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Poll: Over 90 Percent of Teachers Report Social Media Problems Disrupt Learning

Sad girl

In our recent poll of K-8 educators, nearly 92% reported that “problems that originate online impact the learning environment” either often (33%) or sometimes (59%). We were curious what these problems were, so we asked about that too. Overwhelming, teachers said that problems related to “digital drama” (everyday disagreements or tiffs that occur between youth online or via text) spilled over into the school day. Here are some typical responses:


  • Gossip on social media between students (or their family and friends) can sometimes flare up at school.

  • Rumors often begin and/or spread on social media and then impact social relationships at school.

  • Social media and relationships end up impacting social lives in school—rumors, drama, etc. and can detract from learning environment.

  • Student use of Snapchat, TikTok and Messenger have been used to make fun of other students and even use screenshots to embarass/harass other students.

  • Inappropriate language and students being mean to each other or talking bad about another student.

  • Social media posts cause students to cry regularly (middle school). 


The second most mentioned problem involved the sharing/posting of the images of others without their permission. This caused embarrassment or hurt feelings all around. Here are some examples:


  • Students share images/information online without permission from the people in the images or about whom the information is being shared and the item shared is private or embarrassing. Students then talk about it at school, bully, tease, and disrupt.

  • Students will record each other and post these videos to share. Then students talk about these incidents and it becomes way bigger than it should have been.


Also commonly mentioned was the issue of exclusion. Students were often left out of chat groups, games, or may not have access to devices when other students did. For example:


  • Students start group chats that are sometimes exclusive of other students, and sometimes they use those chats to talk about classmates behind their backs. The ill will spreads into the classroom.

  • The occasional student who has social media accounts when many others don't is a problem in lots of different ways.


The three issues above dominated the responses we received from teachers (overwhelmingly). But another significant issue also mentioned was the problem of misinformation:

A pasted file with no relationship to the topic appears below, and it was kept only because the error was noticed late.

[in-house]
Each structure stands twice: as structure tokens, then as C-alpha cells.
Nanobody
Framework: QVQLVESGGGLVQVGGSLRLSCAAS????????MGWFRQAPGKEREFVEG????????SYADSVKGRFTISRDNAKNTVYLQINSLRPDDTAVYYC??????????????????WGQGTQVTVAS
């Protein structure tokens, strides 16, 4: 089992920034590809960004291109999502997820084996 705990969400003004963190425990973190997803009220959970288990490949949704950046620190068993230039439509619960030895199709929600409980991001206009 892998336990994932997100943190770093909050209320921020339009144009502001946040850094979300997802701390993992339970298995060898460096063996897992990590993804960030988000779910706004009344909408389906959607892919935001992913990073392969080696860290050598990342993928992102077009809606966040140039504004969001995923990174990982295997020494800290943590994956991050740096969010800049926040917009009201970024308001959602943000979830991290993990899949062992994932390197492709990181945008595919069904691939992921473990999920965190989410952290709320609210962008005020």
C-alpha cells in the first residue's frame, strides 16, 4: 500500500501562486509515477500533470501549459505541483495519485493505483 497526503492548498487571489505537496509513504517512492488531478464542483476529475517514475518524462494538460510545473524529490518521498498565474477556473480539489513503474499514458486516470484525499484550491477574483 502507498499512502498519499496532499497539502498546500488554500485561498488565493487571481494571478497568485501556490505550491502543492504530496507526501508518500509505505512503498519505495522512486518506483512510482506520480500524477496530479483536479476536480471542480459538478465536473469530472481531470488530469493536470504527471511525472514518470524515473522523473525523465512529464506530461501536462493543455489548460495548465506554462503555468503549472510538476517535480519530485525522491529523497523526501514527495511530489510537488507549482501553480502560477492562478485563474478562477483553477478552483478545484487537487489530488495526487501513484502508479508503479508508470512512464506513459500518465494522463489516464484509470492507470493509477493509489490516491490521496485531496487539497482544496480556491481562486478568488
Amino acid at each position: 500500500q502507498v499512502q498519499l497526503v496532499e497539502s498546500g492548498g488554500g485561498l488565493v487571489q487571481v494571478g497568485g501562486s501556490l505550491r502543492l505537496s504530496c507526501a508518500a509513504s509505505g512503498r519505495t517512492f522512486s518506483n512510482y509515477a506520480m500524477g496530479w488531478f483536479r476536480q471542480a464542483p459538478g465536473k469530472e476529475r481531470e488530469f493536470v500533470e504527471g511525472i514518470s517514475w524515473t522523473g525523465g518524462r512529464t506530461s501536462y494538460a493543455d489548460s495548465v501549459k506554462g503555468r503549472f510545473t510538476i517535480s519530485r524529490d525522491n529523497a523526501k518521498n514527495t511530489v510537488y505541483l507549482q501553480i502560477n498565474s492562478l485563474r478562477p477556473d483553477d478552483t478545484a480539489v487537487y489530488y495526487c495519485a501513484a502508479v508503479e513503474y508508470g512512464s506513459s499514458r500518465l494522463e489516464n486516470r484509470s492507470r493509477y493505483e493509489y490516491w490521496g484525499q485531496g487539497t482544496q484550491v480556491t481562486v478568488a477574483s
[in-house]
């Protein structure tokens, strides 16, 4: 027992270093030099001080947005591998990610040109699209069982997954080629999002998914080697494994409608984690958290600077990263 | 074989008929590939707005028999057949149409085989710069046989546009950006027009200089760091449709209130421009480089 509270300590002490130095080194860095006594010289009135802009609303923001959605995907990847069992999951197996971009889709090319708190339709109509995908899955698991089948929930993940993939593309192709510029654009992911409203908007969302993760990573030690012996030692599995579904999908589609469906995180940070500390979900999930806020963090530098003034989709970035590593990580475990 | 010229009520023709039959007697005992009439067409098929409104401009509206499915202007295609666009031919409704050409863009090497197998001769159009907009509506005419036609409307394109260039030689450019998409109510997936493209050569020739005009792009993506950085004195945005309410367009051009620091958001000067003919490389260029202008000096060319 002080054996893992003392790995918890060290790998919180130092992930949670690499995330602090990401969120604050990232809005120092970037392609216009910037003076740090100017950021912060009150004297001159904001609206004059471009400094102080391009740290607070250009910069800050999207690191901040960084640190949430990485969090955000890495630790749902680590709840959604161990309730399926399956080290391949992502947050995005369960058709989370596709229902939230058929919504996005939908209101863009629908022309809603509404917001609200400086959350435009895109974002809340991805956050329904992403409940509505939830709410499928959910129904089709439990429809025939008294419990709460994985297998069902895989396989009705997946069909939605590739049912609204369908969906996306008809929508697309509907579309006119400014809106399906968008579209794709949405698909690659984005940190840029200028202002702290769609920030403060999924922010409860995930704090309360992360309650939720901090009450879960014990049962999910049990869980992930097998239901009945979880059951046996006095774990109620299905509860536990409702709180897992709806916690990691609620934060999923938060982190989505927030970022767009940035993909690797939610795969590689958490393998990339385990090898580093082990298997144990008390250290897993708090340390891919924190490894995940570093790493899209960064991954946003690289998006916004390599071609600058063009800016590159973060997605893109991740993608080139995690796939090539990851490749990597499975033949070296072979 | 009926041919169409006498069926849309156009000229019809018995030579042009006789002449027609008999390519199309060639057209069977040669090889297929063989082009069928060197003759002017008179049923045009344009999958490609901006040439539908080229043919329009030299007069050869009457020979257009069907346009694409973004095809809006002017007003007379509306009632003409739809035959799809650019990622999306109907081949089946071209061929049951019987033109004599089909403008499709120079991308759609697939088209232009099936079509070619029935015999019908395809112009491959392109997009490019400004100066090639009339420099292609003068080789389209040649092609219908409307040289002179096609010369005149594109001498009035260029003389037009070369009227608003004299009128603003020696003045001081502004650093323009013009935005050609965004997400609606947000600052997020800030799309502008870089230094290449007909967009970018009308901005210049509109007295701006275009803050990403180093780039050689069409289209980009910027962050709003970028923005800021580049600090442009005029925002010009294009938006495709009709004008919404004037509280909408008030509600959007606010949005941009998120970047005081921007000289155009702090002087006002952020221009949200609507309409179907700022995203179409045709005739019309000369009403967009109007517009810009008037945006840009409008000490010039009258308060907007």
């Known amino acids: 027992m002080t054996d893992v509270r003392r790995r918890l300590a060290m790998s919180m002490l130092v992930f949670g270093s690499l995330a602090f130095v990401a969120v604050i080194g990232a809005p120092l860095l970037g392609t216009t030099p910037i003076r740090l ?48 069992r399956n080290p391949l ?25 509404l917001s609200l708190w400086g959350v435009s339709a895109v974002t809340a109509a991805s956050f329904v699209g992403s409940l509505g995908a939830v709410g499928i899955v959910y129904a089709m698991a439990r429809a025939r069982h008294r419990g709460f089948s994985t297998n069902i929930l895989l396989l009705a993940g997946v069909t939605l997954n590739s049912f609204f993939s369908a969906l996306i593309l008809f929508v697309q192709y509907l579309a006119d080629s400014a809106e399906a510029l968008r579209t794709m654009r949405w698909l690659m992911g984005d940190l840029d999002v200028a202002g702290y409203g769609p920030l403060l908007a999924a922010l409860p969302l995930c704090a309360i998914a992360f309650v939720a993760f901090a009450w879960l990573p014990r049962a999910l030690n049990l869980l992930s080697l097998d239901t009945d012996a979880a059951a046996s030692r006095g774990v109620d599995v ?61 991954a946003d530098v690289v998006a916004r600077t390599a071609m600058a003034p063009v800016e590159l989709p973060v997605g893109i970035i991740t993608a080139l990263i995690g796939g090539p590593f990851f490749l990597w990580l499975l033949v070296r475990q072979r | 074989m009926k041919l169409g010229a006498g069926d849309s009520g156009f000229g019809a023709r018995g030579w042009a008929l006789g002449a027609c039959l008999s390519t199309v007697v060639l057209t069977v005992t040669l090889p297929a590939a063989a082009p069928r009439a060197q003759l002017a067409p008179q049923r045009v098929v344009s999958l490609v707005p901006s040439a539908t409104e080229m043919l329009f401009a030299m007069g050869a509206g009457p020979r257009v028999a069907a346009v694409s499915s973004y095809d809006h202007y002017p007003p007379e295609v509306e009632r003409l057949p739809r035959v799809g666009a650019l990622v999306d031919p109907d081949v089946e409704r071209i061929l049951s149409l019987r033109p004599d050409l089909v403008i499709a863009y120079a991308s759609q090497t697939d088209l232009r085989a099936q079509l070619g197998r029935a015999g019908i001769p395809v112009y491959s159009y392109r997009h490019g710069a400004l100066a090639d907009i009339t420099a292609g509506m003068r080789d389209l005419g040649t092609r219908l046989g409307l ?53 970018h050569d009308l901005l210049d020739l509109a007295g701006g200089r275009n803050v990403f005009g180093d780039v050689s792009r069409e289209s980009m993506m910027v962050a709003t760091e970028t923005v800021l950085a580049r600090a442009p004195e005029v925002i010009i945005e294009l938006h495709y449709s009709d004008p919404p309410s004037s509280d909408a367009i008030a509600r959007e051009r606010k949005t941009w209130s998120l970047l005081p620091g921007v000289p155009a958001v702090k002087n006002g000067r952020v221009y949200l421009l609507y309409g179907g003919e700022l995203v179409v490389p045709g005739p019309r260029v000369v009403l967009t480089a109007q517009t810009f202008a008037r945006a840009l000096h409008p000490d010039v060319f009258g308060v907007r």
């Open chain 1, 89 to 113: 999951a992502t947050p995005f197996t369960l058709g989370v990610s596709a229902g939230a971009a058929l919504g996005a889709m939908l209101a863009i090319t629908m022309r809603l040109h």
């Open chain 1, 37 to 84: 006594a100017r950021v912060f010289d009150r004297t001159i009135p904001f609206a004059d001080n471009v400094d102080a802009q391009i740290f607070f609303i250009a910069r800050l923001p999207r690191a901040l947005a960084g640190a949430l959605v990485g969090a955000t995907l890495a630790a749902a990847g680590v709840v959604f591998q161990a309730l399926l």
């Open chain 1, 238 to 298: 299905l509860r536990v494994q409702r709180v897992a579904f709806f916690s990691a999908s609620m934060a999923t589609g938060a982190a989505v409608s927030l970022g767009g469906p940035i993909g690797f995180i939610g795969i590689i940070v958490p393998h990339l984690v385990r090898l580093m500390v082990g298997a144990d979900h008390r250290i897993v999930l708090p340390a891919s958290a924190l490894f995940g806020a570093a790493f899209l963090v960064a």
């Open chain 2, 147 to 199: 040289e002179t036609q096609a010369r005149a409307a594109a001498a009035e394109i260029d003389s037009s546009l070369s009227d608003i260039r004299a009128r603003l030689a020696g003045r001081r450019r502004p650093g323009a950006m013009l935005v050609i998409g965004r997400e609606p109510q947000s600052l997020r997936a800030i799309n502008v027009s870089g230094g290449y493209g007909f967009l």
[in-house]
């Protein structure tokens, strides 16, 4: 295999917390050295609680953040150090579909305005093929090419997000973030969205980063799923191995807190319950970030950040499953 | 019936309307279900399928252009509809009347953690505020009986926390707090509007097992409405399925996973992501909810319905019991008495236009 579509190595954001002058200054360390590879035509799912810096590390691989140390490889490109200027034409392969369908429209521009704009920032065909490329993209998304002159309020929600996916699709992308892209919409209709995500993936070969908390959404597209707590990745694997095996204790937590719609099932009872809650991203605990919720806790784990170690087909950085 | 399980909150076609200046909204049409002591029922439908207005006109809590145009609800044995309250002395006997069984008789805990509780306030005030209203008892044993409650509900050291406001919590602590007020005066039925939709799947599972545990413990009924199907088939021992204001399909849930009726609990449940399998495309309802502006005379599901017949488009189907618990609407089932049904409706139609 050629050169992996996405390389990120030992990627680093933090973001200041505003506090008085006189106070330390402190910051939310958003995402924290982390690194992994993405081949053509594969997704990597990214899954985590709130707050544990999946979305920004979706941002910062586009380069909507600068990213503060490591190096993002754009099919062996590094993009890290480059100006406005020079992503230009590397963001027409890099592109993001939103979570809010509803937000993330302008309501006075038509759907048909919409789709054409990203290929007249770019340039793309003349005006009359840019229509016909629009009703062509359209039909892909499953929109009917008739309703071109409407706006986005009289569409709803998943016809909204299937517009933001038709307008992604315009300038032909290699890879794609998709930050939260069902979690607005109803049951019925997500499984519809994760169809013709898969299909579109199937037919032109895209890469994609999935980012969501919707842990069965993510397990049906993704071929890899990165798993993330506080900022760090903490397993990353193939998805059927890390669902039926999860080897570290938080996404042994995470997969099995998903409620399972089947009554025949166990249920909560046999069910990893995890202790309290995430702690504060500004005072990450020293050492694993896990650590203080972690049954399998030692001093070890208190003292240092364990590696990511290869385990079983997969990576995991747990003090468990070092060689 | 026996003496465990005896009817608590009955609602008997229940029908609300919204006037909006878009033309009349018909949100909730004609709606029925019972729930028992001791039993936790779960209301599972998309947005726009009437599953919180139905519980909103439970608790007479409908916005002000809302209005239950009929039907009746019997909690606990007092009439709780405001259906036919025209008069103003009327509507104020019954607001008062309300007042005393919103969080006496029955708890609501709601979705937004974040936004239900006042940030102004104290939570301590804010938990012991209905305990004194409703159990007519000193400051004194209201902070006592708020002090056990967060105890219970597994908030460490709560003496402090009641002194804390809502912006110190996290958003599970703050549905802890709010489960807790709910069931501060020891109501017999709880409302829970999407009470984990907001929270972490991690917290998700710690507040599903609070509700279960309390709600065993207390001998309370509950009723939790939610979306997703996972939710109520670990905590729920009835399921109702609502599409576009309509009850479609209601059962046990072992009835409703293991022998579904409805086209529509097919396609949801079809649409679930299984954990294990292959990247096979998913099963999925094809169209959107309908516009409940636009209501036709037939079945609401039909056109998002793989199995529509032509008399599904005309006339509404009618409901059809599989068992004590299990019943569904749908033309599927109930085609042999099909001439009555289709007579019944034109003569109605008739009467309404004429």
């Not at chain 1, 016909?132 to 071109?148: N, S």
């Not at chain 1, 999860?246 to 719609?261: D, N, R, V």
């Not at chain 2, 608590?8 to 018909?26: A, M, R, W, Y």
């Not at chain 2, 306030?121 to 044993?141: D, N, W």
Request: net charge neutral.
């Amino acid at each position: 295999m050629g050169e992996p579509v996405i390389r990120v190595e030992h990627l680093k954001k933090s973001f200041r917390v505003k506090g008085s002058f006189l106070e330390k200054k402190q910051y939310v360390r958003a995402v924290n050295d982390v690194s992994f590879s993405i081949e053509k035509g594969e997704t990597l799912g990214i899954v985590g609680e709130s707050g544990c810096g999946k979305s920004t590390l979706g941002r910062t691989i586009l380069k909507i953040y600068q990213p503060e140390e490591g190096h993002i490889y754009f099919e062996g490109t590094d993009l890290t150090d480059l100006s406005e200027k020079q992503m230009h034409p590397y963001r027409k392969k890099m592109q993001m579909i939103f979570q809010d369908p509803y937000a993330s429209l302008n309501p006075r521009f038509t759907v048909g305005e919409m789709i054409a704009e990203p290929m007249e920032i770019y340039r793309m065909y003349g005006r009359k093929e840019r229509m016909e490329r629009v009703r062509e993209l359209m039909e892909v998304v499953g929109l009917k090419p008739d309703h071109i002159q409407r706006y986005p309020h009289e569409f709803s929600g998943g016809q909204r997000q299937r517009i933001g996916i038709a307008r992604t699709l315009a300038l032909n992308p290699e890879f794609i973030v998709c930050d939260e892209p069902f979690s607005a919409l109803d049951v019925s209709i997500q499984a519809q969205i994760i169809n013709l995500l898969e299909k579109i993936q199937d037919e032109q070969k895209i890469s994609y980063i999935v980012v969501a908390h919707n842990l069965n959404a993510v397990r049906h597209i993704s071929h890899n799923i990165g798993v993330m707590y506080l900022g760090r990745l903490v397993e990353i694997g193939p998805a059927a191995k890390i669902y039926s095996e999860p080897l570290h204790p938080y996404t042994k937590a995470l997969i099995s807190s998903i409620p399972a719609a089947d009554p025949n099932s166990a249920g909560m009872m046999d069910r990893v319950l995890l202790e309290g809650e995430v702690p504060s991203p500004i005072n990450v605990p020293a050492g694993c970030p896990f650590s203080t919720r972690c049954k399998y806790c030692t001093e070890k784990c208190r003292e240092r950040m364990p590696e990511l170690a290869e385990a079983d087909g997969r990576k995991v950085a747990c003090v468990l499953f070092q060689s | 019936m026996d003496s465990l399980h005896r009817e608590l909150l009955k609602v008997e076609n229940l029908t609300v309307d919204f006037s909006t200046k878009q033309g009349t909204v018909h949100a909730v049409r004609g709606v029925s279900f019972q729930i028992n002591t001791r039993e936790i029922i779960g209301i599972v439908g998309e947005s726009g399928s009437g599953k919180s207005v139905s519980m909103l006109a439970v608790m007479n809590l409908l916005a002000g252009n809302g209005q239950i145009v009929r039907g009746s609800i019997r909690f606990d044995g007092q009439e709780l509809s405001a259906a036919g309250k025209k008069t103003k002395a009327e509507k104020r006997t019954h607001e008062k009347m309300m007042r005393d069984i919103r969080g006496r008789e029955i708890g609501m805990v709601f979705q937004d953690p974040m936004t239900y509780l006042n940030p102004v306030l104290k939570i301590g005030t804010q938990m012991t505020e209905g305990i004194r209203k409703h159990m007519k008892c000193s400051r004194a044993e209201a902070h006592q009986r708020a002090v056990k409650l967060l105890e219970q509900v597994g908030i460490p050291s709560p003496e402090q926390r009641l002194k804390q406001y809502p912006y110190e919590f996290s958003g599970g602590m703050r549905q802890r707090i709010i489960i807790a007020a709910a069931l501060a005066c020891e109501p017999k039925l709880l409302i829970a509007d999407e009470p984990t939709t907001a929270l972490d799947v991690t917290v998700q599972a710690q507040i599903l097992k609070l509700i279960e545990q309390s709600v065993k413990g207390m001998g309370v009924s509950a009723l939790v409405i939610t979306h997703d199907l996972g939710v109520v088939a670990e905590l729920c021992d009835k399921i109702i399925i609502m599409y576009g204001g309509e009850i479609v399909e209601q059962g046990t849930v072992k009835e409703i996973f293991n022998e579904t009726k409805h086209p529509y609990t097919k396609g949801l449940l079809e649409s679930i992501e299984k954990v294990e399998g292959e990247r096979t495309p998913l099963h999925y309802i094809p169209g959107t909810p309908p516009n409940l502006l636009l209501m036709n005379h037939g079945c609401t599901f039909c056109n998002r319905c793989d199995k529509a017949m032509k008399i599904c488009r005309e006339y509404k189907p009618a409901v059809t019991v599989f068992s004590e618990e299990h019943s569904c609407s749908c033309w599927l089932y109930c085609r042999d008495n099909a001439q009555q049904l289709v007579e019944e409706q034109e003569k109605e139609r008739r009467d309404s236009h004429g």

• Students have disagreements based on information they get online. It's hard for them to figure out what's reliable.


Teachers also mentioned that parents were sometimes the instigators of problems that impacted the learning environment:


  • Parents will start group chats about other parents and their children. Eventually even the kids hear about it.

  • When parents go on social media and complain about teachers without ever reaching out directly to the teacher. It sacrifices a professional relationship and the dignity of that teacher.

  • Some parents have asked us to get involved in online conflicts, but we only get involved when it disrupts the school day.


 Finally, the overuse of technology was noted too, although not nearly as much as we expected:


  • Media consumption (YouTube, games, you name it) is addicting & absolutely impacts sleep schedules, homework, study time, dinner time, and classroom decorum (sometimes inequitably).


How To Address Social Media Problems in the Classroom?

teacher teaching

Clearly, the addition of technology to the lives of students means that teachers have a lot more to deal with in addition to their already full plates. Reading through their responses, we realized this is a universal struggle.  


Many of the lessons (listed below) that we offer through Cyber Civics deal directly with the problems teachers mentioned. Keeping in mind how hard it is to fit these into an already full day, we aligned each one with educational standards (Common Core ELA standards, ISTE Tech Standards, CASEL Competencies), so that when teaching these lessons, teachers can essentially kill two birds (or three or four birds) with one stone.


Below we have listed some of the lessons that address the most commonly mentioned problems. If you are a teacher reading this and are dealing with any of these issues in your classroom, please ask us to send you a sample lesson. We’d be more than happy to do so.


Digital Drama: The Value of Kindness, the Showing Kindness Online (4th & 5th grades); Cyberbullying & Digital Drama, You Are the Words You Use (6th Grade); How Will You Participate? (8th grade).


Sharing Photos Without Permission: Respecting the Personal Information of Others, Checking In Before Sharing (4th & 5th grades); To Share or Not To Share (6th grade); Privacy Policies, Protecting Your Online Data (7th grade); Let’s Talk About Sexting, Sexting: Just Say No (8th grade).


Misinformation: Can You Believe What You See?, Understanding Perspective (6th grade); Algorithms are Awesome, Or Are They? (7th grade); Analyzing Online Information, What is “Fake” News?, What Does AI Have to Do With It? (8th grade).

Overuse: Finding Just the Right Balance, What Does It Mean to Be Offline? (4th and 5th grades); Your Time (7th grade); Are You a Maker or a Taker?, Your Brain on Tech, How Will You Participate? (8th grade).

Diana Graber

Diana Graber is the author of "Raising Humans in a Digital World: Helping Kids Build a Healthy Relationship with Technology" and the founder of Cyber Civics and Cyberwise.



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